(Editor's Note: Legislation that Congress approved on Monday, Dec. 21, delays implementation of the primary care add-on code, G221, which was scheduled to take effect on Jan. 1. All other anticipated payment, coding and documentation changes for 2021 are expected to go into effect as planned. AAFP staff will be updating resources throughout the Academy website to reflect this change.)
December 10, 2020, 3:55 pm News Staff -- The Academy’s summary for members of CMS’ 2021 Medicare physician fee schedule and Quality Payment Program final rule confirms that payment for most office-based evaluation and management services will increase as planned on Jan. 1, and it also highlights other key changes — including some to which the AAFP objects.
The final rule sets the stage for a 13% increase in total allowed charges for family medicine — the largest increase in primary care reimbursement in decades. This includes an add-on code acknowledging the unique complexity of primary care E/M visits. That code was referred to in the proposed rule, and the Academy’s comprehensive comments to CMS, as GPC1X but will be implemented as G2211. (See Editor's Note above.)
By statute, the final rule is required to be budget-neutral — meaning CMS can’t improve payment in any area of the fee schedule without cutting it somewhere else. The E/M changes therefore are offset by a 10% reduction of the 2021 conversion factor (the number multiplied by the relative value of each code in the fee schedule to determine the Medicare payment rate) compared with 2020’s factor. This has led other medical specialties to lobby for congressional intervention that could impede primary care’s payment boost.
The Academy, meanwhile, is continuing its push for a budget-neutrality waiver that would provide equitable relief for all medical specialties next year. (It also has called on AAFP members to add their voices to the effort.)
Toplining the AAFP’s summary of the MPFS final rule:
The 2021 conversion factor is $32.4085, slightly higher than was listed in the proposed rule but $3.681 lower than the 2020 conversion factor.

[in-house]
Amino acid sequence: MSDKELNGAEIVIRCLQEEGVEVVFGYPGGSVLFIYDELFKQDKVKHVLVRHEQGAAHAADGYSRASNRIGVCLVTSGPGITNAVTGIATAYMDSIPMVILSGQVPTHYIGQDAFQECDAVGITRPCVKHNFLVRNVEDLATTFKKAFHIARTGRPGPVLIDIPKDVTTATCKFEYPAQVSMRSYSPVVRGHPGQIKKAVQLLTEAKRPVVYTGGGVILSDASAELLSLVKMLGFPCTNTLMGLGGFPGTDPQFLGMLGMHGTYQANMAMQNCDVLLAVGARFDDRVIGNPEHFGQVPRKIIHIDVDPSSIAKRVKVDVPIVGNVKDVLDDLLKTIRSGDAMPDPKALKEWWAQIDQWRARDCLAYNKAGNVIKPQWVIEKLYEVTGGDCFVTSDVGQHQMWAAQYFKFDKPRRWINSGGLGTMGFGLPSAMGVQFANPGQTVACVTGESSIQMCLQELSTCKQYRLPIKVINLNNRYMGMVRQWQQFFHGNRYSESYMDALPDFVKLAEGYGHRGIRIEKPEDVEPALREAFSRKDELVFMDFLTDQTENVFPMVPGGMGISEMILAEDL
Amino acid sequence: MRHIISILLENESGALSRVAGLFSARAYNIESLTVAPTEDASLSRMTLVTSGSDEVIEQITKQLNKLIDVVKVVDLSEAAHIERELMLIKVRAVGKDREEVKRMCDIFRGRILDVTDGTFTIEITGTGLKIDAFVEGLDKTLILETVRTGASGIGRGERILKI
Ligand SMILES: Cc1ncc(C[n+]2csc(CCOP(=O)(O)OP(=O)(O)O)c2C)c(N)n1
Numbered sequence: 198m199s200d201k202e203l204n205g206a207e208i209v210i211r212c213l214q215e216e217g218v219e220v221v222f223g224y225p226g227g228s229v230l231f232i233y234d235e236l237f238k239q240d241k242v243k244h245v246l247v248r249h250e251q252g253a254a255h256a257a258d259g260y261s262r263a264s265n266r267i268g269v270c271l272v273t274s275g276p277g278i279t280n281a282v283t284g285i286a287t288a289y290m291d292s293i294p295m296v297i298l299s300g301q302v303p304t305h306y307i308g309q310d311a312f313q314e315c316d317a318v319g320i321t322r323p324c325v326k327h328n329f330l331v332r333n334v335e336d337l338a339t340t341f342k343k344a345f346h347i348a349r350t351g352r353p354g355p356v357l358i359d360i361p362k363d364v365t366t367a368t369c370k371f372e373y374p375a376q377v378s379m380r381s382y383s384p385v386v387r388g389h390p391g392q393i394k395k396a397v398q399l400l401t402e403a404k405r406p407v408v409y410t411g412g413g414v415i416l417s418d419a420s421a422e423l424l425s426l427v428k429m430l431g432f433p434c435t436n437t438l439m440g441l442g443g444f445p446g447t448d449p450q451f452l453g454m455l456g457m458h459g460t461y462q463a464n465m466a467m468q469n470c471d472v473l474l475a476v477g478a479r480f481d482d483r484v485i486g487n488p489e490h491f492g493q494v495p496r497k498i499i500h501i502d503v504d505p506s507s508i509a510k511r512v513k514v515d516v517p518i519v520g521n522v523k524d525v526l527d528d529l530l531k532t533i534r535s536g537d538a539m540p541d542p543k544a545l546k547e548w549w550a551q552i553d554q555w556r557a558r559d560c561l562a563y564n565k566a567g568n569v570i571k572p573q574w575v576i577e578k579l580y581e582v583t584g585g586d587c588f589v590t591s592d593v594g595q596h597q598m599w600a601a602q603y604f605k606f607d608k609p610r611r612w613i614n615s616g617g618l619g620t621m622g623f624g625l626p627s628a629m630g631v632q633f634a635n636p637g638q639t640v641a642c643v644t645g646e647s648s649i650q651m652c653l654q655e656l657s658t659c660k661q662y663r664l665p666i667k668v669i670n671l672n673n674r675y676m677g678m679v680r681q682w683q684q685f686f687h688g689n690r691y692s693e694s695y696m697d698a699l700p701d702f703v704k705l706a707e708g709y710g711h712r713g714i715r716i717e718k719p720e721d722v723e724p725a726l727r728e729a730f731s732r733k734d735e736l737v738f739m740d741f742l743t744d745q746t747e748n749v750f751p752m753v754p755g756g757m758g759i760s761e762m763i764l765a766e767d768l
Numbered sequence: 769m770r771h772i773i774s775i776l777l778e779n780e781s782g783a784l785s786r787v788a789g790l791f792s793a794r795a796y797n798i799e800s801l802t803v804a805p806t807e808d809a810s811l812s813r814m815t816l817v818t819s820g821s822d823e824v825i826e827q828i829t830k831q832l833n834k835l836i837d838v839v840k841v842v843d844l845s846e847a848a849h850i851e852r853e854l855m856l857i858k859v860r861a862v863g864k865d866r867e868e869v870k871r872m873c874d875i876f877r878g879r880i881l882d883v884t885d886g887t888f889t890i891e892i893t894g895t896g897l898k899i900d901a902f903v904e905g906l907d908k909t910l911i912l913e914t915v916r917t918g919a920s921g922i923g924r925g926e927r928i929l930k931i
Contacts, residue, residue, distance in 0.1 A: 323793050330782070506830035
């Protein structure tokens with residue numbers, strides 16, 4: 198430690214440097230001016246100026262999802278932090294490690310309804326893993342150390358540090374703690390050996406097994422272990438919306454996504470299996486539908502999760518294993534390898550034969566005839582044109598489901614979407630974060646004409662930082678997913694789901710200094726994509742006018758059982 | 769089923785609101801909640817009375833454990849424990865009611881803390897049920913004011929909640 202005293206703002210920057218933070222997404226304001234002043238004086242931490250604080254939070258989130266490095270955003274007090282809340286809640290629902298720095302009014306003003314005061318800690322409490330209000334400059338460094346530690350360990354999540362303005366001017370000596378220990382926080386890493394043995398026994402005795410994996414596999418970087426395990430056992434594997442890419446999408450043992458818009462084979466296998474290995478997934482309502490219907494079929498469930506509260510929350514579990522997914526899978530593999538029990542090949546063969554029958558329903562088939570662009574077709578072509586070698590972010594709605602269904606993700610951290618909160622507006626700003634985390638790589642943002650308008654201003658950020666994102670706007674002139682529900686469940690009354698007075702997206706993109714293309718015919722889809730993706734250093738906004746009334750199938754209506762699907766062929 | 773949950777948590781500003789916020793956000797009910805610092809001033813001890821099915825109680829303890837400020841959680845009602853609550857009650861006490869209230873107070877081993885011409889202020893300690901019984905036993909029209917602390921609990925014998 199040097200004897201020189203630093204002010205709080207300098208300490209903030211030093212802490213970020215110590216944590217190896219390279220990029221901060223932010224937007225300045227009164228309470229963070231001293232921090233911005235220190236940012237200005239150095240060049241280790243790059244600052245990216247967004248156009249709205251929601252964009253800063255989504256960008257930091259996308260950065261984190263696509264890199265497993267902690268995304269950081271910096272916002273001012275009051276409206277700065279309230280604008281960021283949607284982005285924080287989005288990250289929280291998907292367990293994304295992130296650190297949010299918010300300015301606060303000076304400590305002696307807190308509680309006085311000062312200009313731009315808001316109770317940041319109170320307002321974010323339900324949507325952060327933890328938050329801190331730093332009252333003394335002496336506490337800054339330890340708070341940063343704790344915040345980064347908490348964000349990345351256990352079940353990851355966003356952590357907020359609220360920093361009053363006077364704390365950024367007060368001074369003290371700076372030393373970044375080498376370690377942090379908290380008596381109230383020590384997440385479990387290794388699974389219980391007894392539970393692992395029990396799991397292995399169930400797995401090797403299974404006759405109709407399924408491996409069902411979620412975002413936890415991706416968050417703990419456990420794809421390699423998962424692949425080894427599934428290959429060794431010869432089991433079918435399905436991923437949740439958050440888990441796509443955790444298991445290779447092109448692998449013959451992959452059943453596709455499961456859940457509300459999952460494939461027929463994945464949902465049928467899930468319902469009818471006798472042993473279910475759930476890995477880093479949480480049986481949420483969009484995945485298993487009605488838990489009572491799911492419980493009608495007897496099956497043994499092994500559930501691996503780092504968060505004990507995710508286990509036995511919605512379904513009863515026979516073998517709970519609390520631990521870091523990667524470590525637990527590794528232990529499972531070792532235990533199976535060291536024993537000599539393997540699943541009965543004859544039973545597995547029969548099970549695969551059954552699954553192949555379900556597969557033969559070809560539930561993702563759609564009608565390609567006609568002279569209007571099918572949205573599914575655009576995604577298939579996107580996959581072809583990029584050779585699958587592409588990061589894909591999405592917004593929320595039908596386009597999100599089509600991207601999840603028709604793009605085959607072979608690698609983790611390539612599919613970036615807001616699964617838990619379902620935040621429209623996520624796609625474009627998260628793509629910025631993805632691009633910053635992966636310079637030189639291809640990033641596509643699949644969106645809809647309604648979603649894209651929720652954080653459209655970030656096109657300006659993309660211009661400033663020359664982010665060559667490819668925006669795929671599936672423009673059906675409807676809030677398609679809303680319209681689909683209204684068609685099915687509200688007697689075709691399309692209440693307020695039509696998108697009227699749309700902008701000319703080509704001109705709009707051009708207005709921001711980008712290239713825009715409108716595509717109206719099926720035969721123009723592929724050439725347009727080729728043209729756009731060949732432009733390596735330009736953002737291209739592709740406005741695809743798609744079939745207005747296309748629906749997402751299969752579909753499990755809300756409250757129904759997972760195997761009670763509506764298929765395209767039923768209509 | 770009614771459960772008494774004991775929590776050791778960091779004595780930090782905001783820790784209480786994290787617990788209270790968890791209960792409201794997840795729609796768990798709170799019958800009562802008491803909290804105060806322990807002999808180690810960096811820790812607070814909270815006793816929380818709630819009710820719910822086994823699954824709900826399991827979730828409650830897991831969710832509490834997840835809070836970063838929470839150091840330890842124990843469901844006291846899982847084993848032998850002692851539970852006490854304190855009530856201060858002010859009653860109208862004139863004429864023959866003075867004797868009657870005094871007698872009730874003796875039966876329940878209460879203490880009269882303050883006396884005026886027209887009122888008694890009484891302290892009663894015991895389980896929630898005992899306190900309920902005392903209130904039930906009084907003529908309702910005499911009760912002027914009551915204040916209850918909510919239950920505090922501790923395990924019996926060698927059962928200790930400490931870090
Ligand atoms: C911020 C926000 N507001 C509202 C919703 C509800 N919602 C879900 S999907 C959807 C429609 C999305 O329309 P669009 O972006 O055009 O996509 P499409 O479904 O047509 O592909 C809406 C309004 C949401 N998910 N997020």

Following AAFP recommendations, CMS will implement previously finalized changes to simplify billing and coding requirements for office-based E/M services. Additionally, and with the Academy’s support, CMS is moving forward with the G2211 code, acknowledging the inherent complexity of primary care office visits. (See Editor's Note above.)
Despite opposition from the AAFP, however, CMS finalized a proposal to allow the prolonged services code (G2212) to be billed only after the maximum total time of a level 5 E/M visit is exceeded by at least 15 minutes. Beyond that, and also in line with AAFP guidance, CMS finalized proposals to increase the values of certain codes commensurate with the increases to outpatient E/M services, including
CMS reversed a proposal to increase payment rates for immunization administration, which the AAFP strongly supported, and is instead maintaining the 2019 and 2020 payment rates.
“Despite encouragement from the AAFP and the broader medical community, CMS declined to implement a new CPT code to account for the increased cost of personal protective equipment amid the COVID-19 pandemic,” the summary says. “The agency finalized this through an interim final rule, on which the AAFP will be commenting.”
In a move the Academy endorsed, CMS will add the following codes permanently to the Medicare Telehealth Services List:
CMS indicates that when the COVID-19 public health emergency ends, the agency will again require that remote patient monitoring services be furnished only to established patients. That and other PHE-related details are further outlined in the Academy’s summary.
The fee schedule contains a new virtual check-in code for audio-only telehealth for interim use next year. The AAFP had instead advocated for the continuation of payment for audio-only E/M services after the end of the PHE and will send CMS further comment on this inadequate interim final rule.
Despite strong support from the AAFP, CMS reversed its proposal to reduce the Merit-based Incentive Payment System performance threshold to 50 points due to the PHE and is instead increasing the performance threshold to 60 points. Additionally,
Medicare Shared Savings Program accountable care organizations will be required in 2021 to report quality data via the APM Performance Pathway. ACOs will meet the quality performance standard for shared savings if the score is equal to or higher than the 30th percentile. In performance year 2023, this level will increase to the 40th percentile.
CMS is delaying the update to its extreme and uncontrollable circumstances policy until 2023.
CMS is finalizing the proposal to rebase and revise the federally qualified health center market basket to reflect a 2017 base year. This will update the data that is used for payment to reflect more recent cost data.
Given these and other regulatory changes, the Academy has developed resources to help its members prepare for 2021. The 2021 Office Visit E/M Vignettes Module, the most recent addition to the AAFP’s diverse collection of information, resources and tools on E/M coding, walks users through four patient scenarios that illustrate how to apply the new guidelines to select the appropriate level of office visit using medical decision-making and time. It tracks closely with an article in the November/December issue of FPM that offers a detailed breakdown of how the new coding guidance works.